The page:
An improved nitrogen dioxide (NO2) slant column density retrieval for the Ozone Monitoring Instrument (OMI) in the 405–465 nm spectral region is presented. Since the launch of OMI on board NASA’s EOS-Aura satellite in 2004, differential optical absorption spectroscopy (DOAS) retrievals of NO2 slant column densities have been the starting point for the KNMI DOMINO and NASA SP NO2 vertical column data as well as the OMI NO2 data of some other institutes. However, recent intercomparisons between NO2 retrievals from OMI and other UV/Vis and limb spectrometers, as well as ground-based measurements, suggest that OMI stratospheric NO2 is biased high. This study revises and, for the first time, fully documents the OMI NO2 retrieval in detail. The representation of the OMI slit function to convolve high-resolution reference spectra onto the relevant spectral grid is improved. The window used for the wavelength calibration is optimised, leading to much-reduced fitting errors. Ozone and water vapour spectra used in the fit are updated, reflecting the recently improved knowledge of their absorption cross section in the literature. The improved spectral fit also accounts for absorption by the O2–O2 collision complex and by liquid water over clearwater areas. The main changes in the improved spectral fitting result from the updates related to the wavelength calibration: the RMS error of the fit is reduced by 23% and the NO2 slant column by 0.85 1015 molec cm-2, independent of latitude, solar zenith angle and NO2 value. Including O2–O2 and liquid water absorption and updating the O3 and water vapour cross-section spectra further reduces NO2 slant columns on average by 0.35 1015 molec cm-2, accompanied by a further 9% reduction in the RMS error of the fit. The improved OMI NO2 slant columns are consistent with independent NO2 retrievals from other instruments to within a range that can be explained by photochemically driven diurnal increases in stratospheric NO2 and by small differences in fitting window and approach. The revisions indicate that current OMI NO2 slant columns suffered mostly from an additive positive offset, which is removed by the improved wavelength calibration and representation of the OMI slit function. It is therefore anticipated that the improved NO2 slant columns are most important to retrievals of spatially homogeneous stratospheric NO2 rather than to heterogeneous tropospheric NO2. [less ▲]

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See detailEstimated Subglottic Pressure Evaluation, Evolution in 152 Dysphonic Patients
Morsomme, Dominique ULg; Finck, Camille ULg; Larrouy, Pauline ULg

Conference (2015, April 08)

Background: Estimated subglottic pressure (ESGP) is part of the aerodynamic measurements included in the vocal profile. It is an indication of vocal effort. Speyer reports an improvement of the ESGP score ... [more ▼]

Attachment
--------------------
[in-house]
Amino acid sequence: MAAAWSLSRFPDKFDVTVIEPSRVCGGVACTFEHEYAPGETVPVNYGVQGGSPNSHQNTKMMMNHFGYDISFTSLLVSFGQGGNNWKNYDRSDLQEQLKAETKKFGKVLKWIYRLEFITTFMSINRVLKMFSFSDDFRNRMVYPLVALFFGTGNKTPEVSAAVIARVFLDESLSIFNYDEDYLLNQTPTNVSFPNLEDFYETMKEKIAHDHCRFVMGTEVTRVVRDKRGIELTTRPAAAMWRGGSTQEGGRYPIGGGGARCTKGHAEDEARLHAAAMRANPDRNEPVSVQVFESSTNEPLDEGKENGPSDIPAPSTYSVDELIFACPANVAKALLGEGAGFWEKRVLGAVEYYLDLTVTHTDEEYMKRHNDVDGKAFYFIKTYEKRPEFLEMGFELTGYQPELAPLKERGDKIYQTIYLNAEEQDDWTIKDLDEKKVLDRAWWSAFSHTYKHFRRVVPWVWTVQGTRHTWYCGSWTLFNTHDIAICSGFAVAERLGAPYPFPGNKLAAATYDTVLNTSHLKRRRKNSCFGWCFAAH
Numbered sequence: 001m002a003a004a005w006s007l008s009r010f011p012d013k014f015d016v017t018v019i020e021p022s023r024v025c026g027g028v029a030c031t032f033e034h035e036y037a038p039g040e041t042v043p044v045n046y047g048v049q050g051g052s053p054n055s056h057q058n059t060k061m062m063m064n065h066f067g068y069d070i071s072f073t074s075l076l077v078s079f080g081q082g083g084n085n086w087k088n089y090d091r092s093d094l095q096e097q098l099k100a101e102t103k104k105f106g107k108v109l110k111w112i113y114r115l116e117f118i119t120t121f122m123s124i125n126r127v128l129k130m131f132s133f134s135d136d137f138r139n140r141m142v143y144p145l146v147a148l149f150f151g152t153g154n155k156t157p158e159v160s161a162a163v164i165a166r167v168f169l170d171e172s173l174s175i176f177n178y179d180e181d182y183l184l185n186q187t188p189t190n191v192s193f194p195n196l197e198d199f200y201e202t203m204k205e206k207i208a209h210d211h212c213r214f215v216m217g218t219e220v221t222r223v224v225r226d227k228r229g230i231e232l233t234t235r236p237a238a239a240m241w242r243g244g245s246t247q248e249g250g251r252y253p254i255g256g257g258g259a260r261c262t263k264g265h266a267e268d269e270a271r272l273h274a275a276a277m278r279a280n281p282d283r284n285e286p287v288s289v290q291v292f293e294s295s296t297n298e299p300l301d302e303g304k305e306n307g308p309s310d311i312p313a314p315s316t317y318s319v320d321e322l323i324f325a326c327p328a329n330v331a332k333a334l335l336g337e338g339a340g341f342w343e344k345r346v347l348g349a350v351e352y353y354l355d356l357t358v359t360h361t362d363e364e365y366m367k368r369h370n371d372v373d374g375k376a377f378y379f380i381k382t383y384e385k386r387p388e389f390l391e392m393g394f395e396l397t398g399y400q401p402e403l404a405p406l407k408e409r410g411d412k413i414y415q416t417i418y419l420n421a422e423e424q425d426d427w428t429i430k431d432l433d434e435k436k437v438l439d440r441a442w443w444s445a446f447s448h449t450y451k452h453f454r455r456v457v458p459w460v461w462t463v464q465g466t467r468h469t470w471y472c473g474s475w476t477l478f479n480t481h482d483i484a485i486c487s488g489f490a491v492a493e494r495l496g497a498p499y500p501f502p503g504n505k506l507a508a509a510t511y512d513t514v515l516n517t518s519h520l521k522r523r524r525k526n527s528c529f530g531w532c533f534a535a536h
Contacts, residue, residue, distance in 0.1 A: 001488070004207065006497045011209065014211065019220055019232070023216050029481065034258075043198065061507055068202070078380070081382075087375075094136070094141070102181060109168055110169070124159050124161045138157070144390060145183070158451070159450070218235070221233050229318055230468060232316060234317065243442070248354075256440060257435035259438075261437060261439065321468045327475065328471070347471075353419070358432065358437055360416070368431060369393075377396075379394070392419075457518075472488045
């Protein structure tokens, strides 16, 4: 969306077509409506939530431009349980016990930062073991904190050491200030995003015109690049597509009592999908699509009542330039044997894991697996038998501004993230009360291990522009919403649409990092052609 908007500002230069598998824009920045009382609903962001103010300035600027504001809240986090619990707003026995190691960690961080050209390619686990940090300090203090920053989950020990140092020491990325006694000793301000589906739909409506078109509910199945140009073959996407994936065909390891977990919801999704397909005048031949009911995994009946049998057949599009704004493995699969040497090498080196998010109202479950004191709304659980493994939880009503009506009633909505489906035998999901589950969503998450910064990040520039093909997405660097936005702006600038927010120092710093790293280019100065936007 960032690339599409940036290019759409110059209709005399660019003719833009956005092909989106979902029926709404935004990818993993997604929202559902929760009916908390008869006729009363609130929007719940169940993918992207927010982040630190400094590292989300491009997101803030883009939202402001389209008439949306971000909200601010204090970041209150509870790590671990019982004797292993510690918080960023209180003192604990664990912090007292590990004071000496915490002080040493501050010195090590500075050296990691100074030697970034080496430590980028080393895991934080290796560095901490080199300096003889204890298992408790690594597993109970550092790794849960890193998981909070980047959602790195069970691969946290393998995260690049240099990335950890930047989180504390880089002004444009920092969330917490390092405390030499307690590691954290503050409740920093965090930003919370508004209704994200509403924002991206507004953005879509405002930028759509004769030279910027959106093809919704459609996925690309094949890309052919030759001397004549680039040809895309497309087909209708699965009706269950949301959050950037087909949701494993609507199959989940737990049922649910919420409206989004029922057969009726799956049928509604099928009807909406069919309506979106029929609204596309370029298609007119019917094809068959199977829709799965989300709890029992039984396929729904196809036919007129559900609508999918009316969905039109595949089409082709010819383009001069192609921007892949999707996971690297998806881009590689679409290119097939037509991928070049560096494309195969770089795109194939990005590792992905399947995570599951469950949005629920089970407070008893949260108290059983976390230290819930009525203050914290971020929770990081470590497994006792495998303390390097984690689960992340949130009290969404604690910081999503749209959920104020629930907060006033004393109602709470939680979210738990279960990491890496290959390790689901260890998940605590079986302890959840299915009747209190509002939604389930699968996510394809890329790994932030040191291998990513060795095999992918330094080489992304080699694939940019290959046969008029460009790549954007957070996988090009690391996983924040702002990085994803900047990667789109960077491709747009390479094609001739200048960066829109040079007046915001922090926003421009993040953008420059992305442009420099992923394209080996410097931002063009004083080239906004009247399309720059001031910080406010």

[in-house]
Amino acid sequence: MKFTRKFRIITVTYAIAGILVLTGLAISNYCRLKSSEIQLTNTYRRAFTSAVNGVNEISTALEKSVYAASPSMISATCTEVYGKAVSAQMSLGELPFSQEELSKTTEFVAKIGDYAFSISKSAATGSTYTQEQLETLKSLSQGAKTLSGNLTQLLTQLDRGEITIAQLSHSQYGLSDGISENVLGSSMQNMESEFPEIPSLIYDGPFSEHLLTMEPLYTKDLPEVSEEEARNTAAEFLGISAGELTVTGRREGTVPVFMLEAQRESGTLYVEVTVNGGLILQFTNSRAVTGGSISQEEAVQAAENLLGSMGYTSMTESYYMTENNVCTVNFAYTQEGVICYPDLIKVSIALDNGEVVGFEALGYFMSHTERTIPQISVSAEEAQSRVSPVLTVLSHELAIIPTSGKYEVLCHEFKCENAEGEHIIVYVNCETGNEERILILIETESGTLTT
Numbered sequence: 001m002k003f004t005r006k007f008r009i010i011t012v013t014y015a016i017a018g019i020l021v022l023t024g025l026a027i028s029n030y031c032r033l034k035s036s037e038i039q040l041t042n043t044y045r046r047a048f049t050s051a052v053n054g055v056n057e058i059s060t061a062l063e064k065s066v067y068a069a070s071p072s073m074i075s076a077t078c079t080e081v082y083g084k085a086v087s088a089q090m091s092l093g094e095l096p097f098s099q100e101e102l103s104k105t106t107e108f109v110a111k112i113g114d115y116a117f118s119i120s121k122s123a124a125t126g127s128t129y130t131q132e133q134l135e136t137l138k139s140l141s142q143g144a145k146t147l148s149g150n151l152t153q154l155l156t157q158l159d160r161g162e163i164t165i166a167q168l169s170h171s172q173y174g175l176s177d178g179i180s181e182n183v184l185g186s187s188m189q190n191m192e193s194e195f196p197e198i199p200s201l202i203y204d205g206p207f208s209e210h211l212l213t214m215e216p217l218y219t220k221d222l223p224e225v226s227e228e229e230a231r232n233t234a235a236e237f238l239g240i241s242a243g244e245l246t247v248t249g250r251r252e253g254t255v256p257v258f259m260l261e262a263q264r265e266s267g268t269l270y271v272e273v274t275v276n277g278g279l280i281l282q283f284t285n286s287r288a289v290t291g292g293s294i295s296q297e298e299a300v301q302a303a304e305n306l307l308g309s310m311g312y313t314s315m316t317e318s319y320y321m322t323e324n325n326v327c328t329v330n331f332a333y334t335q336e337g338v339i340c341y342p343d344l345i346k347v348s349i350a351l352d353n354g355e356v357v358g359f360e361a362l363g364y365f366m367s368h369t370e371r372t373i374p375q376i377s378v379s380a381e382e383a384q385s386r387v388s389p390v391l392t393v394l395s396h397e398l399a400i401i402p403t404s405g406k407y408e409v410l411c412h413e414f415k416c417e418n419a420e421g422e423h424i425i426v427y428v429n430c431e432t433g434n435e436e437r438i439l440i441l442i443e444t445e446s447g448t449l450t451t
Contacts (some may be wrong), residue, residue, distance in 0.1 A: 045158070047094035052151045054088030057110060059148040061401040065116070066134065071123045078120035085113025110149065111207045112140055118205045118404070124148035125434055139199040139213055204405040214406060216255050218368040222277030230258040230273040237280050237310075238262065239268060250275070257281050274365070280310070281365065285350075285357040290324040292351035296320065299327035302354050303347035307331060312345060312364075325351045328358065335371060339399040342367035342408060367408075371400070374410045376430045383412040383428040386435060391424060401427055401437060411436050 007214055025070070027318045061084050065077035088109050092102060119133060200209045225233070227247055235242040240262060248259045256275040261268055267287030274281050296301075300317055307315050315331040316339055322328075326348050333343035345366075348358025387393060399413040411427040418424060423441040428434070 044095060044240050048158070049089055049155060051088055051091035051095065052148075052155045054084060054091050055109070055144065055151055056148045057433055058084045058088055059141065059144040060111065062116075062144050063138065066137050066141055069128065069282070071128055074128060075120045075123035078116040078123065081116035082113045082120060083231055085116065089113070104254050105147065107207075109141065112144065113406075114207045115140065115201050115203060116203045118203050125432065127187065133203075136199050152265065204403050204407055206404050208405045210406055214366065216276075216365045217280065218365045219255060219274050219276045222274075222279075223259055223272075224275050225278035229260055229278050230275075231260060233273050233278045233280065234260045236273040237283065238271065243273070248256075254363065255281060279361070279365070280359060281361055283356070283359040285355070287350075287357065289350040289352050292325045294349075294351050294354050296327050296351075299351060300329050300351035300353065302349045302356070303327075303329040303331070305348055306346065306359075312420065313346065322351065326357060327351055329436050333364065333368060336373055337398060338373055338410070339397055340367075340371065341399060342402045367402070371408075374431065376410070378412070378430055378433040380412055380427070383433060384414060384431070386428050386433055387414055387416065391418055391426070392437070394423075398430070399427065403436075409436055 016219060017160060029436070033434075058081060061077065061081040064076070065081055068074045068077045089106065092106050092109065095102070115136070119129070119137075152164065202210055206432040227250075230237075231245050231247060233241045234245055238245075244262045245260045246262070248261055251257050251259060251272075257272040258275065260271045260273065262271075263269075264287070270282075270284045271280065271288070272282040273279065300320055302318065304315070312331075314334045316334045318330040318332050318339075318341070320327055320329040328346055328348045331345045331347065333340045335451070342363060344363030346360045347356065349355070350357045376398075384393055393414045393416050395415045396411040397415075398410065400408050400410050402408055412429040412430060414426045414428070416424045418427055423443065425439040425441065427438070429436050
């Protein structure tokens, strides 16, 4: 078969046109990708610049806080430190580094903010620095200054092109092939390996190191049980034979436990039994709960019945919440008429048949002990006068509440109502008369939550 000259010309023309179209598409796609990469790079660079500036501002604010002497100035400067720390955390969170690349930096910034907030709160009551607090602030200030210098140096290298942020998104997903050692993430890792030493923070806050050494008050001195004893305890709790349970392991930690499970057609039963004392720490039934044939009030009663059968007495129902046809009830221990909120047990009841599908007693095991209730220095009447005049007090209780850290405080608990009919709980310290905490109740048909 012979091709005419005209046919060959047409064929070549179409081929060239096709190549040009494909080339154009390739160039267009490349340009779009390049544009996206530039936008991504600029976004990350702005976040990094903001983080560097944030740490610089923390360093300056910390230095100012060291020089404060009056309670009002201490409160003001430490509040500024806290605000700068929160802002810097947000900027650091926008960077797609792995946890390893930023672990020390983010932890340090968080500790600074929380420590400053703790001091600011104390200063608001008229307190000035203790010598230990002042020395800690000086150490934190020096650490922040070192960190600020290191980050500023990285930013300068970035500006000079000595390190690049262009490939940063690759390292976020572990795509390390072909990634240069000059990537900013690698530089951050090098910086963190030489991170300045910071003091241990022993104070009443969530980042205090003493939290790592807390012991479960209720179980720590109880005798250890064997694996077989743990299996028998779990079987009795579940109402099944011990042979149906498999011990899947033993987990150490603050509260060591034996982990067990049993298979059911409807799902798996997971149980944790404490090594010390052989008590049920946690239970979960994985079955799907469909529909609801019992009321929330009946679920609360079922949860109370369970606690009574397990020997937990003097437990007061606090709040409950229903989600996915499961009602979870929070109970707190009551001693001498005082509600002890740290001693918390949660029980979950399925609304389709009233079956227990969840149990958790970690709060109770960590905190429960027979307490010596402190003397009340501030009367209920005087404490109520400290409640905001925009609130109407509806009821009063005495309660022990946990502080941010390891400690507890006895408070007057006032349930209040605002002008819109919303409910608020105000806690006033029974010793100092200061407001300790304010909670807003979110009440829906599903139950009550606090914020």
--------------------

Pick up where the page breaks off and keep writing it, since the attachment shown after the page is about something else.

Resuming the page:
Background: Estimated subglottic pressure (ESGP) is part of the aerodynamic measurements included in the vocal profile. It is an indication of vocal effort. Speyer reports an improvement of the ESGP score after voice treatment. Nevertheless, few studies used ESGP to evaluate voice efficiency treatment. Objectives: The purpose is to examine the ESGP twice, at the first (T1) and the last consultation (T2) . We observe the ESGP values according to voice pathology. We also examine the relationships between ESGP, SPL(Sound pressure level) and DSI (Discorder severity index) . Method: The study includes 130 patients (M:31/W:99), which suffer from 4 different pathologies as immobility (N: 54), oedema (N:23), nodules (N:24) and polyp (N:29). Each patient’s file consists of VLS, acoustic, aerodynamic and perceptual measures. The ESGP was collected through the Phonatory Aerodynamic System Model 6600 (KayPentax). Patients produced 3 sequences of / ipipi / at low (IL), conversational (IC) and high (IH) intensity. Patients were grouped according to the ENT’s diagnosis. We compare our values to those of Zraick et al (2012) which studied ESGP on a healthy group. Results: At T2, for the all patients, at minimum and conversational intensity the ESGP scores decrease singificantly, even if those scores were higher than for the healthy group. We observe a negative correlation between ESGP and SPL at low and conversational intensity. At T1, the higher is the ESGP score, the lower is the SPL score. At T2, the higher is the ESGP score, the higher is the SPL score. At T1, a negative correlation is observed between ESGP and DSI for 2 groups of patients (immobility and polyp) only at minimum intensity. The higher is the ESGP, the lower is SPL. At T2, only for the group immobility, the negative correlation persists. Conclusion: This study highlights the importance of considering the ESGP as a parameter of efficiency. High ESGP is mainly connected with patients who suffer from pathology. The patient who suffer from immobility seems to present a specific profile which could help the clinician to better understand their vocal behavior. Recommendation: This study highlights the pertinence of considering the ESGP as a parameter of vocal treatment efficiency. [less ▲]